Applying vinyl to old houses
We want to put vinyl siding on our 1893 mostly uninsulated, clapboard sided colonial house. It has a stone foundation, and part of the basement has a dirt floor. We never get water in the basement but in the hot, humid New England summer it gets muggy enough that we use a dehumidifier. Our concern is that if we put vinyl on the house, moisture migrating out through the walls will condense on the back side if the foil faced insulation commonly used behind the siding. I know old houses are vinyl sided all the time, but is this an invitation for a mold fest? Should I specify any particular products or installation details? I know at least one housewrap manufacturer sells a “rainscreen” wrap that provides a channel for moisture to drain. I would appreciate any feedback.
Why do you want to put vinyl on your nice old house? Scrape & paint - it will be cheaper, look better, & be the right thing to do...
I would argue against putting vinyl on your home. But it's your house....
I think you should address the moisture issue before you side the house. Everything you might be planning to do to the house is likely to aggravate the moisture issue.
Start by covering the dirt with plastic.
The rest of the basement has a concrete floor???
Take a piece of plastic about a foot square and tape it to the concrete (tape all the way around). Check it a day later and see how wet the plastic is.
You are here.
I echo the sentiment of the previous 2 replies: resist the urge to downgrade to vinyl.
Of course you can do what you want. More so, you can do like one of my light-headed neighbors did. Covered his house with vinyl a while back, now doesn't like the color and wants it painted. The worst of both worlds.
Did I mention he's a bit soft?
What the problem is with vinyl?
This cat has a moisture issue and you are telling him to repaint? Sounds like a recipe for painting every other year. Moisture coming through the clapboards is going to make the best paint fall off.
Not to mention the lead issue, this in itself is a huge PITA.
I gots betta stuff to do than paint my house. Like golf and buy tools.
You like to paint? Knock yourself out. Not me, vinyl would be my first choice.
>>> What the problem is with vinyl?
It looks like crap.
So does peeling paint.
I've built a bunch of vinyl houses so I feel vinyl has it's place. An 1893 house isn't it. - just my opinion. If he wants to modernize and upgrade the exterior I'd say go with cement board siding of the same exposure as the original and replicate as many of the original trim details as possible. It will need to be painted but not as often as wood, especially if a good quality paint is used.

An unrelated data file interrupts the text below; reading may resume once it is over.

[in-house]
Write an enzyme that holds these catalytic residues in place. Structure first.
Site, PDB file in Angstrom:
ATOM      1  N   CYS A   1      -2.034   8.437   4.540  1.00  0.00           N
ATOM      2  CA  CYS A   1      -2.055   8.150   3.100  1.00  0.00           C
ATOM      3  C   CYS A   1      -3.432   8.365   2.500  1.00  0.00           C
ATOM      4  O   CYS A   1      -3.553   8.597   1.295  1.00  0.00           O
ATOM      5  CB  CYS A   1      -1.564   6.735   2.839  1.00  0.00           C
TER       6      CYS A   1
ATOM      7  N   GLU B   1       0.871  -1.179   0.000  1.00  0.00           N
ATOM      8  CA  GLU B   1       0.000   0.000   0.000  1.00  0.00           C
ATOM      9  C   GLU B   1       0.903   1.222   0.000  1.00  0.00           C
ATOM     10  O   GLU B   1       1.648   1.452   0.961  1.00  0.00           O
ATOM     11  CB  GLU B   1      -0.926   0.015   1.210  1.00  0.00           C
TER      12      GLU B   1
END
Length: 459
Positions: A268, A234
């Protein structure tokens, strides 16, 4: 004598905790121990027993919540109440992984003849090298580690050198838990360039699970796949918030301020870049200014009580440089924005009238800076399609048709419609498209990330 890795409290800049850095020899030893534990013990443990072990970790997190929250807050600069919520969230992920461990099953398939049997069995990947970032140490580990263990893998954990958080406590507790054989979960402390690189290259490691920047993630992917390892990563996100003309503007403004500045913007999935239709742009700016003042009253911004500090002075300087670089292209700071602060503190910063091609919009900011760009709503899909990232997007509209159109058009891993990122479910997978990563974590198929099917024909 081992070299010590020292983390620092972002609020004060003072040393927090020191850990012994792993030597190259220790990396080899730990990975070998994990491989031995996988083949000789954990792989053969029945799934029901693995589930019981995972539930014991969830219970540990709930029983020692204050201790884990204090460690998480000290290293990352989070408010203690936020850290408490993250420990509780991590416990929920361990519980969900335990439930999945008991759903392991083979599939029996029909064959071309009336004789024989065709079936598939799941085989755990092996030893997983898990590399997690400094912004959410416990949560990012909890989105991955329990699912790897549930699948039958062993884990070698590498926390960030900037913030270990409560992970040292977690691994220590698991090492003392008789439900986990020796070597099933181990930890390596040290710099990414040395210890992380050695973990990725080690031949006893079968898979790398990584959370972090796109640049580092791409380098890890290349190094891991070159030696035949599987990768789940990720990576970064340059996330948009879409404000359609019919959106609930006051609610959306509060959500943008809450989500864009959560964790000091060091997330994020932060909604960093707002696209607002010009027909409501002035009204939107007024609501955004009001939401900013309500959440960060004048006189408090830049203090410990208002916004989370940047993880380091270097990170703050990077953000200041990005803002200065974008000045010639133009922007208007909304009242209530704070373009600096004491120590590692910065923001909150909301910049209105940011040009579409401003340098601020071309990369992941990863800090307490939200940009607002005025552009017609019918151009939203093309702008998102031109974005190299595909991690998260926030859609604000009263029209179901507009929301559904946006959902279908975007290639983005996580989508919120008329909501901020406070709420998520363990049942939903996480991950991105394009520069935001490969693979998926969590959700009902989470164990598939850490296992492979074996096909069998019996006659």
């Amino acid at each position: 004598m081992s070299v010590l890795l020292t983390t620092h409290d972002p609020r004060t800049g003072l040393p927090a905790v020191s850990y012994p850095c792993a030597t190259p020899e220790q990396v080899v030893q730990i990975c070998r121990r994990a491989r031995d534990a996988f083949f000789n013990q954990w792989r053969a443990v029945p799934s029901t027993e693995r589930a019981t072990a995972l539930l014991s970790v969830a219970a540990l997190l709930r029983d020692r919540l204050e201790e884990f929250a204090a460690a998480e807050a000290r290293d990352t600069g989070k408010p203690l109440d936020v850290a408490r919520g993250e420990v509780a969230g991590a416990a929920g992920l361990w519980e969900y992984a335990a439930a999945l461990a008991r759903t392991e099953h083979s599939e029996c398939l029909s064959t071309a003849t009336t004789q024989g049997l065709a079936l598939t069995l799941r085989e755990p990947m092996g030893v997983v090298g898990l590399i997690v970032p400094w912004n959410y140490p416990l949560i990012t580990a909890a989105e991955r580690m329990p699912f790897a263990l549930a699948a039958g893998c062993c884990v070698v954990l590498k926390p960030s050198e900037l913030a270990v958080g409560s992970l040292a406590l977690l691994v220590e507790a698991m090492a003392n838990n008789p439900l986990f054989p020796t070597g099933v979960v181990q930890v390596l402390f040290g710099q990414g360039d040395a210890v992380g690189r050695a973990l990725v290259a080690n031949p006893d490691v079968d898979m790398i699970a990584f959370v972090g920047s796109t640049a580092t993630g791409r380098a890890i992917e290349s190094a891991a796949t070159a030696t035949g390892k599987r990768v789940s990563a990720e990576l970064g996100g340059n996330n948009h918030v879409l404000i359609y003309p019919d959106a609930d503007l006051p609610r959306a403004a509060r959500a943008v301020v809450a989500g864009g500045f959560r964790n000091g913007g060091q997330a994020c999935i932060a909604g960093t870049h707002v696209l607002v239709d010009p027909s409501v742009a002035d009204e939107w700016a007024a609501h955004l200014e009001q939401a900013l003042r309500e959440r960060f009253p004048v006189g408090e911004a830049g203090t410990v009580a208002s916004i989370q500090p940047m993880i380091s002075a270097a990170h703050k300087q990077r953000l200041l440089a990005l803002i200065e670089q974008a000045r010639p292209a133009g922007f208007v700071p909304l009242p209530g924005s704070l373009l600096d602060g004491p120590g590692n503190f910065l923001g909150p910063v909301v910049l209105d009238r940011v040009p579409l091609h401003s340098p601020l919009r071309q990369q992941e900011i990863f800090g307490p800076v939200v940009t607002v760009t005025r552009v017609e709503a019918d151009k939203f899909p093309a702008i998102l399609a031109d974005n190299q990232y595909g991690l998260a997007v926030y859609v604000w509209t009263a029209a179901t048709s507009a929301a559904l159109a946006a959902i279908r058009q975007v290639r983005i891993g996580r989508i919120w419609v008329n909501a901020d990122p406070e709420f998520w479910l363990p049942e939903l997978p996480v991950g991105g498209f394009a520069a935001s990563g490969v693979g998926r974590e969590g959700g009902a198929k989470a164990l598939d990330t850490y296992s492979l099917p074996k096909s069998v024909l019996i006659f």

Vinyl is a great product. I have used it on older homes and they turned out just as good as the alternatives.
As far as Fiber Cement is concerned I am not convinced that it's all that everyone is raving about.
I looked at a job this week that I have to strip the Fiber Cement off and redo it. Certainteed is footing the bill for it. The siding has started to take itself off the house after a few months. It looks terrible.
Butt joints in the field? Come on, think about it. How good can it be? The system's lifeblood is caulk. Caulk at the corners, caulk at the trim. Once that fails so does the rest of the siding. Not alot of HO's are willing to do the routine maintanence that FC and wood require.
I am going back to my corner now. I figured this might insight a riot of small proportions.
Why don't I like vinyl siding?
1. It's easily damaged and attracts dirt.
2. A year later, your brand and color are no longer available for repair or for your garage that you put off siding with the house.
3. Your contractor put the joints in the most wrong, most visible, places to avoid opening another box. He said, "Since we can't take it back, that new box will cost you another $150." You should have paid it and kept the excess for numbers 1 and 2.
4. They don't hire the most skilled labor for this.
5. The contractors don't like balancing the siding with your wooden moldings -- they want to cover it all, leaving a mobile home look.
6. Bugs get under it.
Why do I like vinyl siding?
1. I'll never have to paint it. That's a big plus at my age when I'd rather play golf.
2. It's cheaper than the FHB classic sidings (you guys must have a lot of time on your hands and requisite money).
3. She likes the look, as do passing walkers when she's out front weeding, and they compliment the house. nuff said.
4. Good for flippers who want to cheaply hide serious problems like dry rot or carpenter ants.
5. We aren't moving from here,so why do we value your opinion?
You won't go to heaven.
"Revolution is not something fixed in ideology, nor is it something fashioned to a particular decade. It is a perpetual process embedded in the human spirit."
We put vinyl siding on our bungalow. Original siding was cedar shakes and they were rotted. Cost to reshingle and paint was $38,000 (in 2004). Cost to use vinyl was $15,000. We found a good contractor with experience siding historic homes. Details of the house were replicated with vinyl or aluminum.
Does it look like siding? Yes. Do I care? Not really. The $23,000 savings renovated the kitchen, bathroom, repaved the driveway, upgraded the garage electrical for my workshop, and started college funds for my two kids.
If the next owner of our house wants to return it to cedar shingles, that is fine with me. Siding comes of pretty easily.
Like most of the others, resist the call of the vinyl goddess! Just took the asbestos siding off my newer home (1906) and removed the old paint and painted it. Now the neighbor is considering removing the aluminum siding that his parents put on in the early 60's. Buy a paint shaver pro, it will remove all of the paint to bare wood and you can have a beautiful wood sided home again!